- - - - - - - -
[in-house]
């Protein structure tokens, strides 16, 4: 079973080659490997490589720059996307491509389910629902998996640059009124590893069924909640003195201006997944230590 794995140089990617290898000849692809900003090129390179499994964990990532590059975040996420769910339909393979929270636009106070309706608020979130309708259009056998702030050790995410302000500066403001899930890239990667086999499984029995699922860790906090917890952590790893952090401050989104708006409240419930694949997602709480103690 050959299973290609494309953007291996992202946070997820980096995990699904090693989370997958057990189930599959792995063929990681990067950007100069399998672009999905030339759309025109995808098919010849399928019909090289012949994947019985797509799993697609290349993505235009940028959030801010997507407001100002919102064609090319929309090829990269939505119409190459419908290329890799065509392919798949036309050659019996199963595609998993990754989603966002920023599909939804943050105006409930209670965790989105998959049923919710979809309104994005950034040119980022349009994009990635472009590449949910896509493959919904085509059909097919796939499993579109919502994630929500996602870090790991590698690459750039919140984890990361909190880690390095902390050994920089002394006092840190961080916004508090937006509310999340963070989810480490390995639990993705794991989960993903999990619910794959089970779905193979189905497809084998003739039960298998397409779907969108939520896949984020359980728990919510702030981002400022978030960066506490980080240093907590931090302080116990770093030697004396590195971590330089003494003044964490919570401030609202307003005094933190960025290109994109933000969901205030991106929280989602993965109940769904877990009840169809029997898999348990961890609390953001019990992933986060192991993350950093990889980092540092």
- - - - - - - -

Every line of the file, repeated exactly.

[in-house]
């Protein structure tokens, strides 16, 4: 079973080659490997490589720059996307491509389910629902998996640059009124590893069924909640003195201006997944230590 794995140089990617290898000849692809900003090129390179499994964990990532590059975040996420769910339909393979929270636009106070309706608020979130309708259009056998702030050790995410302000500066403001899930890239990667086999499984029995699922860790906090917890952590790893952090401050989104708006409240419930694949997602709480103690 050959299973290609494309953007291996992202946070997820980096995990699904090693989370997958057990189930599959792995063929990681990067950007100069399998672009999905030339759309025109995808098919010849399928019909090289012949994947019985797509799993697609290349993505235009940028959030801010997507407001100002919102064609090319929309090829990269939505119409190459419908290329890799065509392919798949036309050659019996199963595609998993990754989603966002920023599909939804943050105006409930209670965790989105998959049923919710979809309104994005950034040119980022349009994009990635472009590449949910896509493959919904085509059909097919796939499993579109919502994630929500996602870090790991590698690459750039919140984890990361909190880690390095902390050994920089002394006092840190961080916004508090937006509310999340963070989810480490390995639990993705794991989960993903999990619910794959089970779905193979189905497809084998003739039960298998397409779907969108939520896949984020359980728990919510702030981002400022978030960066506490980080240093907590931090302080116990770093030697004396590195971590330089003494003044964490919570401030609202307003005094933190960025290109994109933000969901205030991106929280989602993965109940769904877990009840169809029997898999348990961890609390953001019990992933986060192991993350950093990889980092540092």